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(guy holding t-shirt that says Bob Is Awesome!) Hi! You don't know me, but I'm Bob. Could you please wear this shirt everywhere you go?

Influencer outreach

Influencer outreach published on No Comments on Influencer outreach

This cartoon was inspired by a great talk today at Inbound 2015 by HubSpot’s Laura Fitton on the role of humility in influencer outreach.

And if you social media influencer humor (who doesn’t?!), you might like this one, too.

Po-tay-to, po-tah-to

Po-tay-to, po-tah-to published on No Comments on Po-tay-to, po-tah-to

Open Community is a terrific new book from Lindy Dreyer and Maddie Grant for associations that want to dive into the world of online community – and it includes cartoons from yours truly. To celebrate its launch, I’m running a new cartoon from the book every day this week.

Noise to Signal always has openings for evangelists, change agents, influencers, ambassadors, advocates and champions. To apply, simply explain the difference in a brief, 3,000-word essay below. (Retweeting also works.)

A is for audience

A is for audience published on 1 Comment on A is for audience

Or the people formerly known as the audience, anyway.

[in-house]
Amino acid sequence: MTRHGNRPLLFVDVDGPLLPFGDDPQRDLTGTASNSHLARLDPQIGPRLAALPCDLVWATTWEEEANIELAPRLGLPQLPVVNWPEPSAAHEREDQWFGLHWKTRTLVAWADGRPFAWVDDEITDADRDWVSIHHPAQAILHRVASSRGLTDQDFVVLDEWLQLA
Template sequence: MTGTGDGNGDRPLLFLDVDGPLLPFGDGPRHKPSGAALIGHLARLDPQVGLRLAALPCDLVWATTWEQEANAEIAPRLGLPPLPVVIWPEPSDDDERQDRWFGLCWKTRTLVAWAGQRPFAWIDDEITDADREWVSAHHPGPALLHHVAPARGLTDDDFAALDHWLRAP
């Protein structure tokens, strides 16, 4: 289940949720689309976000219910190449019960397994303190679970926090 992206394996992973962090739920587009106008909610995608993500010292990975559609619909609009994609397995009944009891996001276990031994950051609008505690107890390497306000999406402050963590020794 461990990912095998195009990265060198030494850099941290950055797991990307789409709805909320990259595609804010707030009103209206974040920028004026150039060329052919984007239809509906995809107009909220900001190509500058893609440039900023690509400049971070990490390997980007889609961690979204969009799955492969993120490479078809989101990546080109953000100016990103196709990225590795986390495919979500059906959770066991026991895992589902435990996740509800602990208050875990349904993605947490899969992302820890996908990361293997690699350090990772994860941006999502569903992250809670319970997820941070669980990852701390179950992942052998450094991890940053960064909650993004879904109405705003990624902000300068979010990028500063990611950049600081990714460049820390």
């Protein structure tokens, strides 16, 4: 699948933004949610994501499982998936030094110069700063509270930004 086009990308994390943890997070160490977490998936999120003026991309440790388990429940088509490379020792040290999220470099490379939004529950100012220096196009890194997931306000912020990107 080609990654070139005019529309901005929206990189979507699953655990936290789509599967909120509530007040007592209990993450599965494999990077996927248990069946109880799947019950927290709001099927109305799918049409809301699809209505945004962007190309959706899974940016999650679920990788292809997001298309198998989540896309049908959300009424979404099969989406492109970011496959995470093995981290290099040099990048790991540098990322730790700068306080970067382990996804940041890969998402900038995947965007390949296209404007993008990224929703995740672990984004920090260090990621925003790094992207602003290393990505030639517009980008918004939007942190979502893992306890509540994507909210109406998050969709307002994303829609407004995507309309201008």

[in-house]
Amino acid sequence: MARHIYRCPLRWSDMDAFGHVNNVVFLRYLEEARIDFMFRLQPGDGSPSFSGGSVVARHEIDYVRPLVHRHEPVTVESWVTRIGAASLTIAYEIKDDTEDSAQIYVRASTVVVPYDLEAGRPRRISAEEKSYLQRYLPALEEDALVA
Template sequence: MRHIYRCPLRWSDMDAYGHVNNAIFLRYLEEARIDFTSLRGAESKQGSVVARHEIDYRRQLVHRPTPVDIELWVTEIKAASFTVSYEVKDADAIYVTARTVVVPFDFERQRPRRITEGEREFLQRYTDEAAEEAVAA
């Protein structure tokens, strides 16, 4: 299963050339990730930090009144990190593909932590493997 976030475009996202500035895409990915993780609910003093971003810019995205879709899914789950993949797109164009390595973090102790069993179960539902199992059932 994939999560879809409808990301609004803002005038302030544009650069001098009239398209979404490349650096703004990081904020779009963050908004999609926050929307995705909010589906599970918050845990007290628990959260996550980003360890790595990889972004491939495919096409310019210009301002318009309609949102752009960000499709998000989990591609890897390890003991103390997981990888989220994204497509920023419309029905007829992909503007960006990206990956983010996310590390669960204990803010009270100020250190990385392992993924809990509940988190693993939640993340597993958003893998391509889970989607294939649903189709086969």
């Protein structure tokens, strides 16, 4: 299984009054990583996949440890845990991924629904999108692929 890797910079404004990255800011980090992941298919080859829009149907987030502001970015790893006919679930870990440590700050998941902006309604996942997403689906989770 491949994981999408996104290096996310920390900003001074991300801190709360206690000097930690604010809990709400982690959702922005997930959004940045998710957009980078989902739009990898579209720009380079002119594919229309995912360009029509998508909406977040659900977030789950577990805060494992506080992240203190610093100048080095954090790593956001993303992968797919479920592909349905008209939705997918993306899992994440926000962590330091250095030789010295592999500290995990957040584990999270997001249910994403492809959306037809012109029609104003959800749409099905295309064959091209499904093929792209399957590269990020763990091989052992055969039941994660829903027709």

Some news: in the run-up to BlogWorld and New Media Expo 2010, I’ll be cartoon-blogging on their site (and at the event itself). This is the first cartoon there – do drop by and let them know if you like it!

Oh, and one more thing… this is cartoon number 300. Everyone gets the day off to celebrate.

When I grow up, I wanna be a…

When I grow up, I wanna be a… published on 6 Comments on When I grow up, I wanna be a…

I don’t know what a high school guidance counsellor’s job looks like these days, at least on the career-advice side. But I’d have to think it involves a certain amount of throwing up of hands and answering kids’ questions with a “You tell me.”

Back when I was in high school (yes, yes, back when I rode to school on a coal-fueled barge and the skies were black with passenger pigeons and ivory-billed woodpeckers), careers had well-defined paths that were expected to take you through your working life. That’s not quite how it worked out for my graduating class; our career paths forked, spiralled and went downright fractal on us.

Maybe we should give up on trying to predict the precise career options that will face today’s crop of fresh faces, and ask instead what skills will make the most sense in a socially networked world. (“Extracting surgically-implanted RFID tags” sounds like a winner right out of the gate.) Conversational authenticity, exercising sound judgement in deciding what to share and with whom, acting online and offline with intention and integrity – these all strike me as pretty critical, not to mention being building blocks for just being decent people.

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